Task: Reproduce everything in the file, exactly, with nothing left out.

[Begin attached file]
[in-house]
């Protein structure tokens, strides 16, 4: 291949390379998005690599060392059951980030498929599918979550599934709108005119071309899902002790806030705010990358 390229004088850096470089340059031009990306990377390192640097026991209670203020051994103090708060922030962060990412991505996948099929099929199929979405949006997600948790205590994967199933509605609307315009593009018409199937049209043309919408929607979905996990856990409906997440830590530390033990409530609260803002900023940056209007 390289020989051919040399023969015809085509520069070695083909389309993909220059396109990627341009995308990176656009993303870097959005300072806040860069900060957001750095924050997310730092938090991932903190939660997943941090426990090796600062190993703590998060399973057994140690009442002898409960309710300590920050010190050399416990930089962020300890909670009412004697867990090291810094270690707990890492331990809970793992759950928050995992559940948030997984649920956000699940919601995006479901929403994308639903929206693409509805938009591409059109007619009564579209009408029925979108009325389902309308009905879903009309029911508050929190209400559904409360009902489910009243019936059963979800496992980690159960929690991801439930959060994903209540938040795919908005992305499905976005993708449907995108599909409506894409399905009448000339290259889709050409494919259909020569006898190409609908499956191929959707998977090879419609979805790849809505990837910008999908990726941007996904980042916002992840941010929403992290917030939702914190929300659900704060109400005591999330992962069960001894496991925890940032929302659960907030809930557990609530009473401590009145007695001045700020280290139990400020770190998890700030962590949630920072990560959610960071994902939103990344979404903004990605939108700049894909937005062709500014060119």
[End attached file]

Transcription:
[in-house]
């Protein structure tokens, strides 16, 4: 291949390379998005690599060392059951980030498929599918979550599934709108005119071309899902002790806030705010990358 390229004088850096470089340059031009990306990377390192640097026991209670203020051994103090708060922030962060990412991505996948099929099929199929979405949006997600948790205590994967199933509605609307315009593009018409199937049209043309919408929607979905996990856990409906997440830590530390033990409530609260803002900023940056209007 390289020989051919040399023969015809085509520069070695083909389309993909220059396109990627341009995308990176656009993303870097959005300072806040860069900060957001750095924050997310730092938090991932903190939660997943941090426990090796600062190993703590998060399973057994140690009442002898409960309710300590920050010190050399416990930089962020300890909670009412004697867990090291810094270690707990890492331990809970793992759950928050995992559940948030997984649920956000699940919601995006479901929403994308639903929206693409509805938009591409059109007619009564579209009408029925979108009325389902309308009905879903009309029911508050929190209400559904409360009902489910009243019936059963979800496992980690159960929690991801439930959060994903209540938040795919908005992305499905976005993708449907995108599909409506894409399905009448000339290259889709050409494919259909020569006898190409609908499956191929959707998977090879419609979805790849809505990837910008999908990726941007996904980042916002992840941010929403992290917030939702914190929300659900704060109400005591999330992962069960001894496991925890940032929302659960907030809930557990609530009473401590009145007695001045700020280290139990400020770190998890700030962590949630920072990560959610960071994902939103990344979404903004990605939108700049894909937005062709500014060119």